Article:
How to line a basic pair of kids pants:

Step 1: Sew the crotch seams, side seams and inseams on the pants in both your outer fabric and lining fabric. I won’t go through the steps on how to do this. I used the MADE basic kids pants pattern for J’s pants, and Dana has detailed instructions on how to assemble the pants here. (Dana also did a tutorial on lining pants. I didn’t use that tutorial, so I’m doing my own, but hers can be found here).

Creative Counselor: How to line kids pants

Step 1: Construct your pants. I did the patches and pocket on my outer pants at this stage so all the interior stitching would be hidden.

The basic kids pants pattern doesn’t have any pockets or a separate waistband piece. You could easily line pants that have pockets, though, and all of the interior pocket pieces would be sandwiched between the outer fabric and the lining, maintaining that nice, smooth, soft interior! To do that, you would assemble the outside pieces, including the pockets, to the point where you were going to add waistband and hems. Assemble the inside pieces without any pockets, and continue from there.

Step 2: Turn the outer pants piece inside out and iron under your hems and waistband on the outer piece only. For my waistbands, I ironed them under 1/2 inch, and then again about 1 1/4 inches all around. I wanted to maintain length in the legs, so I ironed under 1/2 inch then another 1/2 inch.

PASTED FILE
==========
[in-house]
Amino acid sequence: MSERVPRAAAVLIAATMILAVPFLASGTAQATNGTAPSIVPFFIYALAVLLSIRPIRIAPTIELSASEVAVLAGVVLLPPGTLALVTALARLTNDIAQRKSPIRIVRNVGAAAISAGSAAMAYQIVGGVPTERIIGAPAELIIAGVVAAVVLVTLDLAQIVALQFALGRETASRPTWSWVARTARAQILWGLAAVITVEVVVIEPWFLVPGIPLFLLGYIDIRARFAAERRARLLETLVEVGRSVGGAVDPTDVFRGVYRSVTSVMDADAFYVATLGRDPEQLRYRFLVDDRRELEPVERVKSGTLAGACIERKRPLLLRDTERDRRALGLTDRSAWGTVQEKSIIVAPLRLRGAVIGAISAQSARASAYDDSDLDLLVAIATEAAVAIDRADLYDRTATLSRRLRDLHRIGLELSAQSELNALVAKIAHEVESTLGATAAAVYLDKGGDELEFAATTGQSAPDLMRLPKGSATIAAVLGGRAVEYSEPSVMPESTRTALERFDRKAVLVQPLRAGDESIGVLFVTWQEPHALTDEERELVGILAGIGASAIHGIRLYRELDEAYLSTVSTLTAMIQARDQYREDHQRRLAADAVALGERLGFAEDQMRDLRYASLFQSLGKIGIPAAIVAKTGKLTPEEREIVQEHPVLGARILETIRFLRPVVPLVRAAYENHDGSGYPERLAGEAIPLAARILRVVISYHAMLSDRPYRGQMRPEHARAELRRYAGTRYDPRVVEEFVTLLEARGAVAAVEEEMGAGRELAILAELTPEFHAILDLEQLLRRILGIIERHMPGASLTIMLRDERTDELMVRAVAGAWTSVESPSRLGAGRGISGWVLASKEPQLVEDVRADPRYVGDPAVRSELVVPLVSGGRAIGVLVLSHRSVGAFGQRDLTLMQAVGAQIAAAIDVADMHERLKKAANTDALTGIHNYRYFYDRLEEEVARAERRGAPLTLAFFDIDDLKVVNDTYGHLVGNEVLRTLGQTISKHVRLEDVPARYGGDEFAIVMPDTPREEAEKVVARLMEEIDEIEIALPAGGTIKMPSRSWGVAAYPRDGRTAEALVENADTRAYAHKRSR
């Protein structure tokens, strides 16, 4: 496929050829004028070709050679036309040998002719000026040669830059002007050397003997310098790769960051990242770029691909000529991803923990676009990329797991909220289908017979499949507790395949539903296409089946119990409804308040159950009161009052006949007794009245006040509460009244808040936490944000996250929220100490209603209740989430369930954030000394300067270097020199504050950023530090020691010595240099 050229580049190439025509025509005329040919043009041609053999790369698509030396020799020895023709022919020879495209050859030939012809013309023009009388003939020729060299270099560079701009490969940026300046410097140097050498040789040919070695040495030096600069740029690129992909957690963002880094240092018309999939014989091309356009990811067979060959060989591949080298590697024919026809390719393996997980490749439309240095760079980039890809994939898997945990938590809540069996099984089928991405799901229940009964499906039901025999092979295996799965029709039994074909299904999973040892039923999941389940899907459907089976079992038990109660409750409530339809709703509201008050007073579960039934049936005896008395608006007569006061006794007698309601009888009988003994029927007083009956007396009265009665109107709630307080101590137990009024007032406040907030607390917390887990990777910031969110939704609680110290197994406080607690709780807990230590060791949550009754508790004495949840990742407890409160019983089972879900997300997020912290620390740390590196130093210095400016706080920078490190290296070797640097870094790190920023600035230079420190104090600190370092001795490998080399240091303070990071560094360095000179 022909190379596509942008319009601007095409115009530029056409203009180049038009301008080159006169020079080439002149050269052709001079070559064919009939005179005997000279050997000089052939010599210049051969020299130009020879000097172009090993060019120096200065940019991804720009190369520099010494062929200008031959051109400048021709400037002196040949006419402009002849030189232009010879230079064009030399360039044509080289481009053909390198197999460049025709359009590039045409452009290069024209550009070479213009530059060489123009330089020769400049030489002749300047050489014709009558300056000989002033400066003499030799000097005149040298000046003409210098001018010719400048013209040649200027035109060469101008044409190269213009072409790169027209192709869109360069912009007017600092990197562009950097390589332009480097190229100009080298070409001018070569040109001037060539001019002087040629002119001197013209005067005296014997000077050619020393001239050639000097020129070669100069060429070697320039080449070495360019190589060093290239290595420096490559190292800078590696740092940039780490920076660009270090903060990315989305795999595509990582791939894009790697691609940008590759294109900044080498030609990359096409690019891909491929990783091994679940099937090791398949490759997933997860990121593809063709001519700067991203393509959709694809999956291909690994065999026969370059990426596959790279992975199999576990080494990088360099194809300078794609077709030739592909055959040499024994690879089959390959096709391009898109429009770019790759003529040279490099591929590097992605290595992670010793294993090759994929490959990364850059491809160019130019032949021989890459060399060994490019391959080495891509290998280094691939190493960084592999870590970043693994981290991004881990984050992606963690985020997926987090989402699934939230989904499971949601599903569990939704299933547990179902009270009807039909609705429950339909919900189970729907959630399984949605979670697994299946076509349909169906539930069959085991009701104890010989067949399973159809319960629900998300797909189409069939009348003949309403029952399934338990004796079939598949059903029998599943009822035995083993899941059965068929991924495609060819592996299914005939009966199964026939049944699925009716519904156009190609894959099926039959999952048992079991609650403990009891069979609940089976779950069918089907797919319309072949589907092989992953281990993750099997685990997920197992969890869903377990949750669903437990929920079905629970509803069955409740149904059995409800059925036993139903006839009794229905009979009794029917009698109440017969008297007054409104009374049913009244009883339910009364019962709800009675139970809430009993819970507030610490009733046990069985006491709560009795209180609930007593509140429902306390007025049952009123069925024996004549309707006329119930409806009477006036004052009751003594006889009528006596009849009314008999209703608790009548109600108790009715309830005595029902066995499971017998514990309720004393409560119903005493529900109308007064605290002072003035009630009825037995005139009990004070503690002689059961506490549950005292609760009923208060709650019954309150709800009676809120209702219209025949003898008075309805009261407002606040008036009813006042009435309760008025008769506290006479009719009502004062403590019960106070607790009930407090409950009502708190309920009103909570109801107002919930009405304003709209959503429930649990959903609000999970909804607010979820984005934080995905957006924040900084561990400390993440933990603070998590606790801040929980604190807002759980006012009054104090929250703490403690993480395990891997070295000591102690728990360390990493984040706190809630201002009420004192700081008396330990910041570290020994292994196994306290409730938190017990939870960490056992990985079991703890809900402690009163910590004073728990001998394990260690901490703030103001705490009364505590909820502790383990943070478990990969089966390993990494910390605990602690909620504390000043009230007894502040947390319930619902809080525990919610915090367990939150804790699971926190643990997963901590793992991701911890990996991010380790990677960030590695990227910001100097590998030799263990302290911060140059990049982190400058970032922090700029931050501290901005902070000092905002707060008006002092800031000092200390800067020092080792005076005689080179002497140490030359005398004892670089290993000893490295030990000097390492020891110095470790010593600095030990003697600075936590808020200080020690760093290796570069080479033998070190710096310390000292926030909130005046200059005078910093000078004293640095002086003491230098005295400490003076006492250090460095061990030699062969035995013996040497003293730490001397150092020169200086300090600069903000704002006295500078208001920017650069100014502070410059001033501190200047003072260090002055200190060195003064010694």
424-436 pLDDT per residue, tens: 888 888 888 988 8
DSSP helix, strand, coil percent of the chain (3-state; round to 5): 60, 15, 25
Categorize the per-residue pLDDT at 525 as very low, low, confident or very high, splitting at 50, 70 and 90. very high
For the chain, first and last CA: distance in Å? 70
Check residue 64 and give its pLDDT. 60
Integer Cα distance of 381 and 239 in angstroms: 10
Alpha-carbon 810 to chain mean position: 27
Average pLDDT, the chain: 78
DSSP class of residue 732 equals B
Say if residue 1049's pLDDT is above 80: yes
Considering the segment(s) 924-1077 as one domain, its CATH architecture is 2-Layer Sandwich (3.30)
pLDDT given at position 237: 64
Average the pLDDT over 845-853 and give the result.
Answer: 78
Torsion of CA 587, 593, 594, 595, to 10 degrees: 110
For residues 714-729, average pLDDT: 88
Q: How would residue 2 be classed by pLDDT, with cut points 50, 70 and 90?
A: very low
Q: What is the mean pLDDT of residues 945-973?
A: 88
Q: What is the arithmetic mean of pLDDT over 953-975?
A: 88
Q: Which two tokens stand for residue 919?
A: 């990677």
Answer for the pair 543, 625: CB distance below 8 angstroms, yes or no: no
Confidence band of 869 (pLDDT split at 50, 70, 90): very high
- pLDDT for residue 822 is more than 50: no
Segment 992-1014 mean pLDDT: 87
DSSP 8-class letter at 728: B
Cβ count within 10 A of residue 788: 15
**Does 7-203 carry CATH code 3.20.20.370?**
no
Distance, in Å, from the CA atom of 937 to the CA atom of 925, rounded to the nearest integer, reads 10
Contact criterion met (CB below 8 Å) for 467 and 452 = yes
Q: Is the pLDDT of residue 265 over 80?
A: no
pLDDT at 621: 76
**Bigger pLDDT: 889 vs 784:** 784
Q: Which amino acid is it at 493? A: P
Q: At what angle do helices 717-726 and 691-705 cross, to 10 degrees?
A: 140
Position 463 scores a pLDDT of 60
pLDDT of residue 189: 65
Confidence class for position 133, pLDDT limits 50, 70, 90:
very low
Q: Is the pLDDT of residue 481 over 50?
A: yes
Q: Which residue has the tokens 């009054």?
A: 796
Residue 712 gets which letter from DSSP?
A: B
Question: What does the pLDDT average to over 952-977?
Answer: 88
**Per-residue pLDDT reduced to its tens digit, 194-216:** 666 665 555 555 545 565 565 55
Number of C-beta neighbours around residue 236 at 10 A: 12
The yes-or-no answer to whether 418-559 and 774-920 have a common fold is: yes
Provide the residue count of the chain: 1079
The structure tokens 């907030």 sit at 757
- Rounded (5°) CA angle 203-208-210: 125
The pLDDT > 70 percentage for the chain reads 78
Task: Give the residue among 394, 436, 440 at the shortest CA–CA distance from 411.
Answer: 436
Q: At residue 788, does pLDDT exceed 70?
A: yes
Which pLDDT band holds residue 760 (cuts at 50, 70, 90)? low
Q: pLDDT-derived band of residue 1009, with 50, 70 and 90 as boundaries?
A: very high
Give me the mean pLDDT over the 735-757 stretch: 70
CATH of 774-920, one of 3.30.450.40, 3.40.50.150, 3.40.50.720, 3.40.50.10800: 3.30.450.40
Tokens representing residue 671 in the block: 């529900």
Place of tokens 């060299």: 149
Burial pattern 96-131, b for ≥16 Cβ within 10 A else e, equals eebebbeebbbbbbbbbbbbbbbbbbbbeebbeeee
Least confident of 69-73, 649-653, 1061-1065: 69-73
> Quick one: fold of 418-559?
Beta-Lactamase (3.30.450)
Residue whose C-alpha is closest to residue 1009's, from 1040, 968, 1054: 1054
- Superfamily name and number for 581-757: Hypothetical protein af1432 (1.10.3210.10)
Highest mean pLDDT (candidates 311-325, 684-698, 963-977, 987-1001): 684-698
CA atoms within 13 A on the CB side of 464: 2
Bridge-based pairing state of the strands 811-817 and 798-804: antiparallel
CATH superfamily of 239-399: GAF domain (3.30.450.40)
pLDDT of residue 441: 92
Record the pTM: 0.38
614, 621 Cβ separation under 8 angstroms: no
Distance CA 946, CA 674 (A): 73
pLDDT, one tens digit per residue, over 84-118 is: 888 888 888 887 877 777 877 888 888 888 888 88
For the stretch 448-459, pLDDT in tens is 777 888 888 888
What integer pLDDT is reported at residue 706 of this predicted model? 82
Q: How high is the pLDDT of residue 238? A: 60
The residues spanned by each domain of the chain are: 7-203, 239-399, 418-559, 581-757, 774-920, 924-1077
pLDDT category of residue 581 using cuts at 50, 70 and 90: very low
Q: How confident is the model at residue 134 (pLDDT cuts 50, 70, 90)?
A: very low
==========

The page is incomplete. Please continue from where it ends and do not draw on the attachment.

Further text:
Creative Counselor: How to line kids pants

Step 2: Iron the waistband and hems on the outer piece

Step 3: Stuff the outer pants piece inside the lining piece, wrong sides together. Keep the waistband and hems folded under when you stuff the outer piece into the lining piece.

Creative Counselor: How to line kids pants

Step 3: Stuff the outer pants inside the lining piece.

Step 4: Trim the lining pieces at the waistband and legs so that they are about 1/4 inch shorter than the outer piece with the waistband and hems folded.

Creative Counselor: How to line kids pants

Step 4: Trim the lining.

Creative Counselor: How to line kids pants

Step 4: Trimming the lining — see how the lining is just a tad shorter than the folded waistband?

Step 5: Tuck the top and bottom of the lining piece underneath the folded waistband and hems and pin in place. Be sure to smooth everything out and line up your seams here. This is the time to insert a back tag, if you have one, or a piece of ribbon or twill tape. I used a scrap of twill tape so we’d know which side is the back.

Creative Counselor: How to line kids pants

Step 5: Tuck the lining inside the waistband and hems.

Step 6: Sew the waistband casing and hems, leaving a 2-inch gap on one side of the waistband casing.

Creative Counselor: How to line kids pants

Step 6: Sew the waistband casing and hems.

Step 7: Insert your elasic at the gap you left and pull it through the casing. Attach the ends. For J’s pants, I cut a 20″ piece of elastic and counted on a 1/2-inch of overlap when I sewed it together for a final waist circumference of 19″.

Creative Counselor: How to line kids pants

Step 7: Insert elastic into the waistband.

Step 8: Sew the waistband casing shut.

And you’re done! Comfy, cozy lined pants with no exposed interior seam allowances! Now go try them on your little guy or gal (or leave them on the sofa until morning because it’s 11:30 pm and the little guy or gal has been in bed for 4 hours and you should be sleeping too. I’ve never done that, though. Ahem. Really.).

Here’s my finished interior:

Creative Counselor: Lined green pants

And my patches and pockets:

Creative Counselor: Green pants patches

J was a fan! He loved the cars all over his pants, and informed me that they were nice and soft!